But the doubling time for transistor density is no guide to technical progress generally. Modern life depends on many processes that improve rather slowly, not least the production of food and energy and the transportation of people and goods.

A lot of progress depends on information technology, though. For example our understanding of biochemical processes. Or the capability of satellites that monitor what's going on with our planet. Or our understanding of quantum effects in semiconductor materials, in turn the basis for IC's, LED lighting, and a whole slew of other applications. Our use of smartphones & related communication technology. Or even something as "low-tech" as logistics.

Make computation cheaper, and progress that hinges on compute power, can steam ahead faster.

Another thing: as people in general get used to faster technological progress, chances are they'll be ready earlier to welcome what's coming next. When you've lived in the steam age for 50 years, electric lighting is a big thing. But when you've witnessed 10, 100, 1000, 10,000x increases in storage capacity over a few decades, a leap to 100,000x or 1000,000x is just the next step on the scale.

So the term "self-fulfilling prophecy" is very appropriate here.

Comment: Expensive? NOT (Score 1) 181

by Alwin Henseler (#49455011) Attached to: Autonomous Cars and the Centralization of Driving

I will never own a self driving car.

1. Too expensive

If you consider your time worthless, then yes a self-driving car might be seen as a car + expensive (?, to be determined) self-driving capability.

But suppose you're using that car to drive between workplaces, you can do real work on the way (a la work from home), and your hourly rate is considered $10 worth (or whatever arbitrary number). That's a choice between:

  • * Not do that $10/hr work you could have done, and 'waste' it on driving.
  • * Do $10/hr worth of work, while your 'robot driver' does the driving.

I'm willing to bet that as the technology matures, the latter option will be preferred by many people, real fast.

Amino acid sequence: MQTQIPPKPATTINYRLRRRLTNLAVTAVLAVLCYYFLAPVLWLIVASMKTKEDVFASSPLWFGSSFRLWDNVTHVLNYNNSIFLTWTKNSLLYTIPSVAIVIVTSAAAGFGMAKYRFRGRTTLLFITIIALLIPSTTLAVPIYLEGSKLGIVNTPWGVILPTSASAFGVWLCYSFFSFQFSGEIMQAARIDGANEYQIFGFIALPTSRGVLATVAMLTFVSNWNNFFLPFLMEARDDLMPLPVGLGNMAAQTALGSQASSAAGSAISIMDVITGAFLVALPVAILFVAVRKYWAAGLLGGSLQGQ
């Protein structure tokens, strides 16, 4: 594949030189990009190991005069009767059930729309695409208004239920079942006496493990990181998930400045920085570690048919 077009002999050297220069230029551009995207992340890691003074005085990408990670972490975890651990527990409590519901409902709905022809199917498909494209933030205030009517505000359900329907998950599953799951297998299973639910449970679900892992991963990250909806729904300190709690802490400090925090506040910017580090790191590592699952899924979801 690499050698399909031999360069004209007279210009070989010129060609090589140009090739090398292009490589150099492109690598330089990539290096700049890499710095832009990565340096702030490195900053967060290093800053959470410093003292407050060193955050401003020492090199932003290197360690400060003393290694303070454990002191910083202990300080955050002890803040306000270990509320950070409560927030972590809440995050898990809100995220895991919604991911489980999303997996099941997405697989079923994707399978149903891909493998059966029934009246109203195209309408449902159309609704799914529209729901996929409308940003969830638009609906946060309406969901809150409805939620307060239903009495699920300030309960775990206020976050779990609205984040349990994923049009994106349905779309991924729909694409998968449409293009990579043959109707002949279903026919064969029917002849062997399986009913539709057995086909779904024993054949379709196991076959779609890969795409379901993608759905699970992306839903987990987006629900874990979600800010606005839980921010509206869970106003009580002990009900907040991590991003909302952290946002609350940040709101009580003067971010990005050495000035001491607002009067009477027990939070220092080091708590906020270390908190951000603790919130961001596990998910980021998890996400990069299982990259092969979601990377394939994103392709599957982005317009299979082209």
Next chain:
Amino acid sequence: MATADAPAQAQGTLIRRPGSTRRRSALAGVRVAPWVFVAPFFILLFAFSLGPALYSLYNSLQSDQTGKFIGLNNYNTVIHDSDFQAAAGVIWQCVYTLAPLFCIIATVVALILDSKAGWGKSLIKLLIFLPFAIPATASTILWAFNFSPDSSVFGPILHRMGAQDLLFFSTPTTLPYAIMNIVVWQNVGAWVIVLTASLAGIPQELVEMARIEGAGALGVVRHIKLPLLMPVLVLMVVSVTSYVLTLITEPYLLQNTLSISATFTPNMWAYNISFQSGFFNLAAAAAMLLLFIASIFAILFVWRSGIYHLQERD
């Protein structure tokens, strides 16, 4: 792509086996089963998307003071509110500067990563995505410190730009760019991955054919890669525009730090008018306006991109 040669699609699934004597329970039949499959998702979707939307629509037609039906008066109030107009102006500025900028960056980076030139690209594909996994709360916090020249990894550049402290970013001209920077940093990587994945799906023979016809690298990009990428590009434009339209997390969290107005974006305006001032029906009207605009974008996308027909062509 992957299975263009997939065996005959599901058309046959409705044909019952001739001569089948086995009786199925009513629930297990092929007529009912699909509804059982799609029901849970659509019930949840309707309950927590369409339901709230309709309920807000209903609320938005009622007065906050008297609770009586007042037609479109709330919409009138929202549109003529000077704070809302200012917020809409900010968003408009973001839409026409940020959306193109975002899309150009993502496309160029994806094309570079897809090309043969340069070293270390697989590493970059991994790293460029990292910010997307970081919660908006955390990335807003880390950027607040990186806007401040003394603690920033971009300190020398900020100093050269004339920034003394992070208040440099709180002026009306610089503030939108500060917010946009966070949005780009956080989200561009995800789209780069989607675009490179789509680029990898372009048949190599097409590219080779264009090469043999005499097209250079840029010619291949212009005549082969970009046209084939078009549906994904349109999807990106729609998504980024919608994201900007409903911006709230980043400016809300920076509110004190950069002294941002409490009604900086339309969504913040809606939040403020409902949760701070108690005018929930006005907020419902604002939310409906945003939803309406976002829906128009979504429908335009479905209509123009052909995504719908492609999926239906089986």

Note that the added cost of your 'robot driver' can be spread out over the car's lifetime, or at least over the time you spend in the car, driving around. Given the amount of time some people spend in their car every f***ing day, that buys you a lot of robot / electronics / software / whatever. So don't be surprised if that cost dives under your hourly rate - that happens all the time with other jobs that people used to do. Heck, maybe they'll build a robot that'll drive your car the old fashioned way, then doubles to help you with household chores @ the end of the day.

Of course, paid work is just one of useful / valueable / worthwhile things you can do in a car, while getting from A to B.

Comment: Re:Why the bad rap? (Score 1) 111

Methane is neither the principal part of a fart nor the smelly part.

Methane is known as a powerful greenhouse gas. Thus, it's generally assumed that releasing it into the atmosphere contributes to global warming, and all the negative effects that go with it.

So when someone farts, it's considered "socially undesirable" not because it smells, but because it's bad for the planet. Got it?

Now you may ask: why do people make such a big deal out of it when someone farts in an elevator, but not when it happens in the open air? Ultimately the methane makes it into the atmosphere anyway! Tbh, haven't figured that out yet. People are weird.

Comment: Re:Buggy Whip (Score 3, Insightful) 119

by Alwin Henseler (#49333287) Attached to: GNU Nano Gets New Stable Release

Even modern, GUI based systems have tools that work outside the GUI, or in a text-mode terminal of some kind.